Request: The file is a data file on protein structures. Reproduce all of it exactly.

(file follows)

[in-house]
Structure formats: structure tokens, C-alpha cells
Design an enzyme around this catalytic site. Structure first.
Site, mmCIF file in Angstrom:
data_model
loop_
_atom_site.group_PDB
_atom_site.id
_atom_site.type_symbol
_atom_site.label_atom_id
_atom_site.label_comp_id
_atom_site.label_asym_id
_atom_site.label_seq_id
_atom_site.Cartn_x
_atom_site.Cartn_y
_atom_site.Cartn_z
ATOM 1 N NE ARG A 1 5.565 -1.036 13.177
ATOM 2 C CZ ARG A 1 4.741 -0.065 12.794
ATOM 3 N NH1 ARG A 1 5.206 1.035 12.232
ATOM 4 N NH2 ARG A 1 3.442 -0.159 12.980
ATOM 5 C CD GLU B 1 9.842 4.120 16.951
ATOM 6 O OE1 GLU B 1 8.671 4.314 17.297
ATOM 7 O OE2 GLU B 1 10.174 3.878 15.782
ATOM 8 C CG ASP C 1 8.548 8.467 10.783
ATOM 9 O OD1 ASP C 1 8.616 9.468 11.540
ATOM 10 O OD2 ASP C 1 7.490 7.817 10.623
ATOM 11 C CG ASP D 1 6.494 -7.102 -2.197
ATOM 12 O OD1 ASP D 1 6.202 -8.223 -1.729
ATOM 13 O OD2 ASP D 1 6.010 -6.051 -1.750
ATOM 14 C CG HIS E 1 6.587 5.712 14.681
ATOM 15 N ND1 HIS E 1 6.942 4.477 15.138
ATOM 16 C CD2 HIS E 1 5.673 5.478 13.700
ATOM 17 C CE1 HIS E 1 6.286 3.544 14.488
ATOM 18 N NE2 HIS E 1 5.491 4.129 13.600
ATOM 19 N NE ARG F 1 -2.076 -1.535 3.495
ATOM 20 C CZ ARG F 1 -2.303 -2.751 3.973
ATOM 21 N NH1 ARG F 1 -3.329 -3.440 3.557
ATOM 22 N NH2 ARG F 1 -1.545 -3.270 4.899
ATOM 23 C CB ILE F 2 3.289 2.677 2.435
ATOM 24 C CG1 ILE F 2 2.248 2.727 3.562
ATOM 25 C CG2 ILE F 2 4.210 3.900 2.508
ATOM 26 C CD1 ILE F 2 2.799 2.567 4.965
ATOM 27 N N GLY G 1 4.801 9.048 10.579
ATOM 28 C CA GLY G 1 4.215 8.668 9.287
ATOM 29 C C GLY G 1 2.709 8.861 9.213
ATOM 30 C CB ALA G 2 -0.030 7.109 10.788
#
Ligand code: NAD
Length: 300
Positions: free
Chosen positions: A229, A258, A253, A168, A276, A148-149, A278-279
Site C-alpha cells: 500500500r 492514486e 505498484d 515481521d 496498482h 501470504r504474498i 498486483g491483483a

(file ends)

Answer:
[in-house]
Structure formats: structure tokens, C-alpha cells
Design an enzyme around this catalytic site. Structure first.
Site, mmCIF file in Angstrom:
data_model
loop_
_atom_site.group_PDB
_atom_site.id
_atom_site.type_symbol
_atom_site.label_atom_id
_atom_site.label_comp_id
_atom_site.label_asym_id
_atom_site.label_seq_id
_atom_site.Cartn_x
_atom_site.Cartn_y
_atom_site.Cartn_z
ATOM 1 N NE ARG A 1 5.565 -1.036 13.177
ATOM 2 C CZ ARG A 1 4.741 -0.065 12.794
ATOM 3 N NH1 ARG A 1 5.206 1.035 12.232
ATOM 4 N NH2 ARG A 1 3.442 -0.159 12.980
ATOM 5 C CD GLU B 1 9.842 4.120 16.951
ATOM 6 O OE1 GLU B 1 8.671 4.314 17.297
ATOM 7 O OE2 GLU B 1 10.174 3.878 15.782
ATOM 8 C CG ASP C 1 8.548 8.467 10.783
ATOM 9 O OD1 ASP C 1 8.616 9.468 11.540
ATOM 10 O OD2 ASP C 1 7.490 7.817 10.623
ATOM 11 C CG ASP D 1 6.494 -7.102 -2.197
ATOM 12 O OD1 ASP D 1 6.202 -8.223 -1.729
ATOM 13 O OD2 ASP D 1 6.010 -6.051 -1.750
ATOM 14 C CG HIS E 1 6.587 5.712 14.681
ATOM 15 N ND1 HIS E 1 6.942 4.477 15.138
ATOM 16 C CD2 HIS E 1 5.673 5.478 13.700
ATOM 17 C CE1 HIS E 1 6.286 3.544 14.488
ATOM 18 N NE2 HIS E 1 5.491 4.129 13.600
ATOM 19 N NE ARG F 1 -2.076 -1.535 3.495
ATOM 20 C CZ ARG F 1 -2.303 -2.751 3.973
ATOM 21 N NH1 ARG F 1 -3.329 -3.440 3.557
ATOM 22 N NH2 ARG F 1 -1.545 -3.270 4.899
ATOM 23 C CB ILE F 2 3.289 2.677 2.435
ATOM 24 C CG1 ILE F 2 2.248 2.727 3.562
ATOM 25 C CG2 ILE F 2 4.210 3.900 2.508
ATOM 26 C CD1 ILE F 2 2.799 2.567 4.965
ATOM 27 N N GLY G 1 4.801 9.048 10.579
ATOM 28 C CA GLY G 1 4.215 8.668 9.287
ATOM 29 C C GLY G 1 2.709 8.861 9.213
ATOM 30 C CB ALA G 2 -0.030 7.109 10.788
#
Ligand code: NAD
Length: 300
Positions: free
Chosen positions: A229, A258, A253, A168, A276, A148-149, A278-279
Site C-alpha cells: 500500500r 492514486e 505498484d 515481521d 496498482h 501470504r504474498i 498486483g491483483a